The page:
With all of that covered, we can get to how the graphics actually look. Even for a five-year-old game, the graphics look okay. Running around Mars, there are really only two things that will jump out as not looking very good, and they are the ground textures at short distances and vegetation.

If you try running up a mountain, or for some other reason have the camera near the ground, you will see how low resolution those textures are. To be fair, the scale of the world should impose a limit on our expectations, but that does not prevent us from seeing it. The vegetation is similar as really, there is no vegetation. Driving or walking around the map will reveal a very barren environment, almost devoid of vegetation and other objects. Outside of cities and settlements, it is not common to see much of anything. Granted, this is set on a recently terraformed Mars, but there really is not that much out there but the occasional boulder and skeleton of a destroyed vehicle. This probably will not jump out to you much, but it is the case. This can probably be chalked up to the size of the world and what was technologically possible at the time.


One thing you will see in a number of places is dust. Depending on the area you are in, you can look up and see dust being blown by the wind everywhere. It gives a good explanation for why there are no convertibles in the game.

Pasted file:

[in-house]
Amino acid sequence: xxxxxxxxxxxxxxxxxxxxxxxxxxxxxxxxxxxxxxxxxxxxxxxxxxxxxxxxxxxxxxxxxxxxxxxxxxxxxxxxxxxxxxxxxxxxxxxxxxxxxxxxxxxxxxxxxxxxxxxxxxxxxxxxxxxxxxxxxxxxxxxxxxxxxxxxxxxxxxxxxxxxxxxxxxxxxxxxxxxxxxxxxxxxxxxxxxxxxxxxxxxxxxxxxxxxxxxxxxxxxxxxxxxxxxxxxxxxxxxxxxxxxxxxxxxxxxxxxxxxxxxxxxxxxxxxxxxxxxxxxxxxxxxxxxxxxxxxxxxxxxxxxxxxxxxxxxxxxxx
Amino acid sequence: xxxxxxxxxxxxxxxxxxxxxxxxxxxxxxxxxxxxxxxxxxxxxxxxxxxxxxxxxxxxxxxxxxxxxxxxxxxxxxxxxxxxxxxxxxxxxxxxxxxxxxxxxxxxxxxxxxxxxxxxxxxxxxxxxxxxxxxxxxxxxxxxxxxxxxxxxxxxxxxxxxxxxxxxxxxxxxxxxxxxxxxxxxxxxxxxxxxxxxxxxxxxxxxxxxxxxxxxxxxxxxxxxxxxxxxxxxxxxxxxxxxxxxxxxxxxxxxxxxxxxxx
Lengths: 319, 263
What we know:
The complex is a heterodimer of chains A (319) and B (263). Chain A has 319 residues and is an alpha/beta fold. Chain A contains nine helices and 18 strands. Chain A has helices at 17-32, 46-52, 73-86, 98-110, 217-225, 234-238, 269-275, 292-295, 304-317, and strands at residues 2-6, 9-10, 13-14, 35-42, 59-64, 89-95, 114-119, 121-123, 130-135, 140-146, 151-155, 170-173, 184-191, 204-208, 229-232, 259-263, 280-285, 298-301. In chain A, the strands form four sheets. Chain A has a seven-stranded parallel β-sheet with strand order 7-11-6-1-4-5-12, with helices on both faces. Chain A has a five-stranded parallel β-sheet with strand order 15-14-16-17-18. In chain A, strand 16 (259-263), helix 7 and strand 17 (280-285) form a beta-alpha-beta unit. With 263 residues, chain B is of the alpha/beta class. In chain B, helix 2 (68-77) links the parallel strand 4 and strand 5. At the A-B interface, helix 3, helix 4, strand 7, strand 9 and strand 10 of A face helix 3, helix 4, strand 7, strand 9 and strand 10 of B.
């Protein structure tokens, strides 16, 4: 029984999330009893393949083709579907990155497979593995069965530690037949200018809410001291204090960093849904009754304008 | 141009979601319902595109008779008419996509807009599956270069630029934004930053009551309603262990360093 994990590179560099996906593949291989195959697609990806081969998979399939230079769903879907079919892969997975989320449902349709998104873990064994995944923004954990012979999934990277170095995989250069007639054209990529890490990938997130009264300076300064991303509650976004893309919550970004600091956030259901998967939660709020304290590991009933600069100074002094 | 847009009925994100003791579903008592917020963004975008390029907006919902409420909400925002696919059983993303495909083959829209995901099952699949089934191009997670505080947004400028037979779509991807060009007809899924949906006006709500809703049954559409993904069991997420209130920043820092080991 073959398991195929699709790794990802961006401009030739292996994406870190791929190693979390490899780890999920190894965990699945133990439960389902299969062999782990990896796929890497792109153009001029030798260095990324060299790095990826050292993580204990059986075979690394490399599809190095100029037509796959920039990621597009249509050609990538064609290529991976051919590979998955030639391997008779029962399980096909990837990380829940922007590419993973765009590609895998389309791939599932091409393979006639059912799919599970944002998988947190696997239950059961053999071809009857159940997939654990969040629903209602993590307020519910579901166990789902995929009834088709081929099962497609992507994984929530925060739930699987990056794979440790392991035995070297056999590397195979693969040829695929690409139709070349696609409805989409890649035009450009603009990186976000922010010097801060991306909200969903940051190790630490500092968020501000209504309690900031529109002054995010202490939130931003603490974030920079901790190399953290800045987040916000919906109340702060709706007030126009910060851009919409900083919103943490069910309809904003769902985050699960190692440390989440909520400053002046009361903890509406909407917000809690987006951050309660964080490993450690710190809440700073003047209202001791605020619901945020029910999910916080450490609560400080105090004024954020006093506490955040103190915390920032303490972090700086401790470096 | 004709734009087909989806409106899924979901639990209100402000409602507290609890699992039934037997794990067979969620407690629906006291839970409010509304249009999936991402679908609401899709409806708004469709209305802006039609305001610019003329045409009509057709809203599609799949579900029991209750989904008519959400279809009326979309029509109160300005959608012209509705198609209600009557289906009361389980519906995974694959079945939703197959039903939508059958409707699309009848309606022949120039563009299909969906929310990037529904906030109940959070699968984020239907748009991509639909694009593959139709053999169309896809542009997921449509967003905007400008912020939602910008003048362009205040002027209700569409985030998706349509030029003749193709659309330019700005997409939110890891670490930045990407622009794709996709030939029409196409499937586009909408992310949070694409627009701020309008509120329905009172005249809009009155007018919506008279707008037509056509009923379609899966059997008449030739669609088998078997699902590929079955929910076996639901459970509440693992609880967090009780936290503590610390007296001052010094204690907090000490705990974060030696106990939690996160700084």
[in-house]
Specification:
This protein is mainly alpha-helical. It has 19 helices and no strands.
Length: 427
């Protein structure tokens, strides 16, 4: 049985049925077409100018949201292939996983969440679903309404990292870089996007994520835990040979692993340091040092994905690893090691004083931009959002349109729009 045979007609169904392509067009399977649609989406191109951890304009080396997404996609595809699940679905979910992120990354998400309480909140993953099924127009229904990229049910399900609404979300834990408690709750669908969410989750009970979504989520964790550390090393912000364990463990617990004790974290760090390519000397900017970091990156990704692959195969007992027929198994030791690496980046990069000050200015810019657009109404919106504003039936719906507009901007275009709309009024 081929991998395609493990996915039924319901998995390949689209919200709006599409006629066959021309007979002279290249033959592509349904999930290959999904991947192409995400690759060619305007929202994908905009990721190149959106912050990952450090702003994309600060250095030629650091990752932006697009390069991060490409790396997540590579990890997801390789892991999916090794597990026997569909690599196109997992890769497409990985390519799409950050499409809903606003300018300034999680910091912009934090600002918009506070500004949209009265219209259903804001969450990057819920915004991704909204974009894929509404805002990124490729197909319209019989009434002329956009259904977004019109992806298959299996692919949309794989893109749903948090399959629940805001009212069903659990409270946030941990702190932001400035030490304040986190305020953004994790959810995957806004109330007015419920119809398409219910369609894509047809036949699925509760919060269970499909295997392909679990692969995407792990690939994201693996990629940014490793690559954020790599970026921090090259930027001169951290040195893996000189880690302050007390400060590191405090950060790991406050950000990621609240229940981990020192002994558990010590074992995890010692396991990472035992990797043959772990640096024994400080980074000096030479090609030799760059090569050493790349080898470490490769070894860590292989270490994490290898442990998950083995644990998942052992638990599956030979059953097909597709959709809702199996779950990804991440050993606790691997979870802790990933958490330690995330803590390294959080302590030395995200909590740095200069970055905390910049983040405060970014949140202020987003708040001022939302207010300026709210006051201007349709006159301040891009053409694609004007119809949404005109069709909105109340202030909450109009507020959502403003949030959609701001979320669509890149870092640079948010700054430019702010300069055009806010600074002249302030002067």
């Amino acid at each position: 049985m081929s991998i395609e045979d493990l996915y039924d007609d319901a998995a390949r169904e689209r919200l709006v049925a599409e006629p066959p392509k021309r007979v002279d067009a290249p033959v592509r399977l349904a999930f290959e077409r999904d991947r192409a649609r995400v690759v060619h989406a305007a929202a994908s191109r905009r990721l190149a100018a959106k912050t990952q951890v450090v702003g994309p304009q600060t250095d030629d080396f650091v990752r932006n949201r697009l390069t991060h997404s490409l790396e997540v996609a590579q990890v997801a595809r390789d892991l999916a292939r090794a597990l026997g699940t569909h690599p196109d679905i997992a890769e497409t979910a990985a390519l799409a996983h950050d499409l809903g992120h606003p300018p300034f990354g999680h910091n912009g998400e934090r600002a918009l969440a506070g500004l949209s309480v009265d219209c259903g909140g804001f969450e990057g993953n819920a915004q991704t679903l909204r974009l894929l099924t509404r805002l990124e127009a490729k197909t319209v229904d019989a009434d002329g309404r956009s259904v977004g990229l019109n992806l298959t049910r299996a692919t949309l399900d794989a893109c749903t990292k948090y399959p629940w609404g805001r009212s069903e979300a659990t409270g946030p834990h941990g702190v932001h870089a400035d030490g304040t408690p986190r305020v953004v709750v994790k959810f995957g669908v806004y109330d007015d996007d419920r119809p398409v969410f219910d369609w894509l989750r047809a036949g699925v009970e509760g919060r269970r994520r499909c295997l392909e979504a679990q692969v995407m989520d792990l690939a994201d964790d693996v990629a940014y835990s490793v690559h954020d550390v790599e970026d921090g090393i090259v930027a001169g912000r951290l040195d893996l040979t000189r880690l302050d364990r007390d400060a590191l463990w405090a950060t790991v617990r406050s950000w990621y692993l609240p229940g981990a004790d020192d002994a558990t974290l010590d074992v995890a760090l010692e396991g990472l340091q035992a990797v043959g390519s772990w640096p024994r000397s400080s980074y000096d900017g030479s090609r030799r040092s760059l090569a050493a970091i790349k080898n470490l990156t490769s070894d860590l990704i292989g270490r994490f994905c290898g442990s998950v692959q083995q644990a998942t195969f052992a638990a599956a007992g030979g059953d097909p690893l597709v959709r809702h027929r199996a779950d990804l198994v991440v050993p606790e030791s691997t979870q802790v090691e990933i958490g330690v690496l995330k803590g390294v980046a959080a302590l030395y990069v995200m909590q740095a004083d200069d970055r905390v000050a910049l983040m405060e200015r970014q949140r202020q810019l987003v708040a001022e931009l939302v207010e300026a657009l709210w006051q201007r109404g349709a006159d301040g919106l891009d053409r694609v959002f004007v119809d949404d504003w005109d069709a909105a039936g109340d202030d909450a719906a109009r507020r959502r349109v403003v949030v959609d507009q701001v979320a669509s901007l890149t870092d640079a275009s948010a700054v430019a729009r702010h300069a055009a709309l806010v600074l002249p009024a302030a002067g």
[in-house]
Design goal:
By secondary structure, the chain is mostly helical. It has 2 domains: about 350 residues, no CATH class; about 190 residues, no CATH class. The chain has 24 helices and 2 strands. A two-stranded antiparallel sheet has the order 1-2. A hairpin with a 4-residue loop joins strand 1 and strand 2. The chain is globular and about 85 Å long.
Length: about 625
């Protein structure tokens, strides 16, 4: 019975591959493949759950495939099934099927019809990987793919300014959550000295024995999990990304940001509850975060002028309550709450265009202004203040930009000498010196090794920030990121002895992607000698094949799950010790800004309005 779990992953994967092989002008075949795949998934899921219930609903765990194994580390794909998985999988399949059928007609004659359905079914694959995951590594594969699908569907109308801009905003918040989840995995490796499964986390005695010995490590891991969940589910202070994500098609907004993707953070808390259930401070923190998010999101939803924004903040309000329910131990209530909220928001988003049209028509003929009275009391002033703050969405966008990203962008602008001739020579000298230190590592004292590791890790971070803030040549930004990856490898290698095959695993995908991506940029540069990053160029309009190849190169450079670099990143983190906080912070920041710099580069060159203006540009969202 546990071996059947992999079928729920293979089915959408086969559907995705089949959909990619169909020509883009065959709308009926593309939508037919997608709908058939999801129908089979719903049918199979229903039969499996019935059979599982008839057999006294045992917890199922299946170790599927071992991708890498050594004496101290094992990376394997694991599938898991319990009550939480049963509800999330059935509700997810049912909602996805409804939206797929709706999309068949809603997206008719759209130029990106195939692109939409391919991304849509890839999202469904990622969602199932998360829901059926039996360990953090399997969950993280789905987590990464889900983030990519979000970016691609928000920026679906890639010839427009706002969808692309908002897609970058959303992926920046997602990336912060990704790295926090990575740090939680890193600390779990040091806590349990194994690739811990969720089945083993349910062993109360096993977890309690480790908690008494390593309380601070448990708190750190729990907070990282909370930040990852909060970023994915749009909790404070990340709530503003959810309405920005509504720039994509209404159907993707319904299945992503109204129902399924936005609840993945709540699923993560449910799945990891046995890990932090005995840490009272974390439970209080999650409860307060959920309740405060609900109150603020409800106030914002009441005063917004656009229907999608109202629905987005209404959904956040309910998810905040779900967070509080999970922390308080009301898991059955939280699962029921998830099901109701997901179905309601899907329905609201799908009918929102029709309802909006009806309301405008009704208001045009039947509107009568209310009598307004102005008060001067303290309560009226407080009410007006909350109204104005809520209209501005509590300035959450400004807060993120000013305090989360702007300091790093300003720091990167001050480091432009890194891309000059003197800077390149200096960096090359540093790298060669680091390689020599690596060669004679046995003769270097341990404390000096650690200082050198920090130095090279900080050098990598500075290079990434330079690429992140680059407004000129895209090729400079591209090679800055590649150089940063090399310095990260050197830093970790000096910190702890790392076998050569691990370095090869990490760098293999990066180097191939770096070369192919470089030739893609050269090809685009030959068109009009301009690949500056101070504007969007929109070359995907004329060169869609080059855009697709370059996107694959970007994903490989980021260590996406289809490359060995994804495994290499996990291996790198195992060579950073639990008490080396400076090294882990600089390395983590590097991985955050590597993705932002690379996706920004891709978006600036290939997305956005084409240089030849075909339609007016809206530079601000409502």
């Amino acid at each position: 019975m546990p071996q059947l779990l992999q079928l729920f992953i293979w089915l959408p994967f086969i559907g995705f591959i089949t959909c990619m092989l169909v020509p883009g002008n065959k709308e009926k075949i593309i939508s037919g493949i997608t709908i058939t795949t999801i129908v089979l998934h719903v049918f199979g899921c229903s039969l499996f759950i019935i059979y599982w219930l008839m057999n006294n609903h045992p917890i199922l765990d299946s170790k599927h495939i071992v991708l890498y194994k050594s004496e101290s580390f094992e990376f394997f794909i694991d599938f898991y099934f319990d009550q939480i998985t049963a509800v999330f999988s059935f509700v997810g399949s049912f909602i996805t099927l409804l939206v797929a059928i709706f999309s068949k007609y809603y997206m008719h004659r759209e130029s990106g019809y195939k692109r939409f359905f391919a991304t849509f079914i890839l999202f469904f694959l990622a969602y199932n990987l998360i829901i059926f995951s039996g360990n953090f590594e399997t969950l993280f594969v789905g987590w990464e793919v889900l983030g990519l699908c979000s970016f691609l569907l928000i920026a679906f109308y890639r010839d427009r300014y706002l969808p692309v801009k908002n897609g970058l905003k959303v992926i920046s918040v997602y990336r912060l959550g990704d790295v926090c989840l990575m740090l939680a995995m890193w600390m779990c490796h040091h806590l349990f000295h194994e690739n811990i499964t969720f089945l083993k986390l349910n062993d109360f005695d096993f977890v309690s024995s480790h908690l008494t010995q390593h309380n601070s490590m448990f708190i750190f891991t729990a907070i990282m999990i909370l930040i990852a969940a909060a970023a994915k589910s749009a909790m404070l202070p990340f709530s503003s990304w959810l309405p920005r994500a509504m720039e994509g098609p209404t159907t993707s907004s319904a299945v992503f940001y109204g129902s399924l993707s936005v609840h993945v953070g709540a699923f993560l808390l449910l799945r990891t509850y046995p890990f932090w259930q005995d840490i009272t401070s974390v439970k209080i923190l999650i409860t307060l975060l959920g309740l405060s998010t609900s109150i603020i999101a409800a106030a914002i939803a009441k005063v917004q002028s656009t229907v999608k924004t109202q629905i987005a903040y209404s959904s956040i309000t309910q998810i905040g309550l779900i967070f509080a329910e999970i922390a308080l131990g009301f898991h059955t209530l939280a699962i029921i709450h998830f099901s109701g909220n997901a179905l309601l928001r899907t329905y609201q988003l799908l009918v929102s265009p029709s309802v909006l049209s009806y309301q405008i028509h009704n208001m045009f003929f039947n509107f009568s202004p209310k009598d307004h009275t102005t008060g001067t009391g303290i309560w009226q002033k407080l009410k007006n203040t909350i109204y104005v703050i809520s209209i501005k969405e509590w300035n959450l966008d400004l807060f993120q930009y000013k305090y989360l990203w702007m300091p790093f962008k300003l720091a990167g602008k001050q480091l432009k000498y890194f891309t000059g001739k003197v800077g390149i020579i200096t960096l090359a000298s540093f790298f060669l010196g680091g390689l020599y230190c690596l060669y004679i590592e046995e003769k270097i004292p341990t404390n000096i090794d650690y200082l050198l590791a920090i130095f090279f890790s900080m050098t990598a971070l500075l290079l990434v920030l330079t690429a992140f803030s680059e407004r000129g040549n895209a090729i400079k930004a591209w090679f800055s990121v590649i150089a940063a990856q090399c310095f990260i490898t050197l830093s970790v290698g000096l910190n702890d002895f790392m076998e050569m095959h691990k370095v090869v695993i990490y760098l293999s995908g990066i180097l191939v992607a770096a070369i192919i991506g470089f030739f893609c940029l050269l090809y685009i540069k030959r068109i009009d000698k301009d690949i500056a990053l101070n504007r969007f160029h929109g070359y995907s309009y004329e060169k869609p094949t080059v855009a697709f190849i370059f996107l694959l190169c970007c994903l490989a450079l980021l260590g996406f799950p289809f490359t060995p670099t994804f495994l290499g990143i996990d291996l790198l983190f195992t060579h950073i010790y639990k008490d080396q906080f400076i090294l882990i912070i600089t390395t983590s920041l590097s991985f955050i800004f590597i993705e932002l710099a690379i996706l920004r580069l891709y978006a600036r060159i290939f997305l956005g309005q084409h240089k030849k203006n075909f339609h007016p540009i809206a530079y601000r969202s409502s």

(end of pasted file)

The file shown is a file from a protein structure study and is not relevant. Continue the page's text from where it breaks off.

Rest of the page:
The destructible structures fortunately do look quite nice, save for the resolution issue I just mentioned on the broken edges of the debris. Ram something with a vehicle, explode it with a charge or rocket, or just hit it with your sledgehammer and it will crack and crumble in a most satisfying way. Of course it does leave you wondering about the building code on Mars, but this game is not about regulations. There is one thing about destroying structures that is kind of weird, though. Mass can be lost between the original building and the rubble left behind. This is most evident when you cause something to collapse, as much of it can just vanish into the ground.


Considering how many explosions you can cause in Red Faction: Guerrilla, it is a good thing that they actually look quite nice. Sparks are thrown far and wide, with plumes of fire behind them. Explosions do differ, based on what is blowing up. Sometimes burning debris is launched far into the air for a cinematic appearance. Eventually you can also unlock a special rocket that creates a massive ball of fire, obscuring the destruction it causes, until the debris comes crashing down.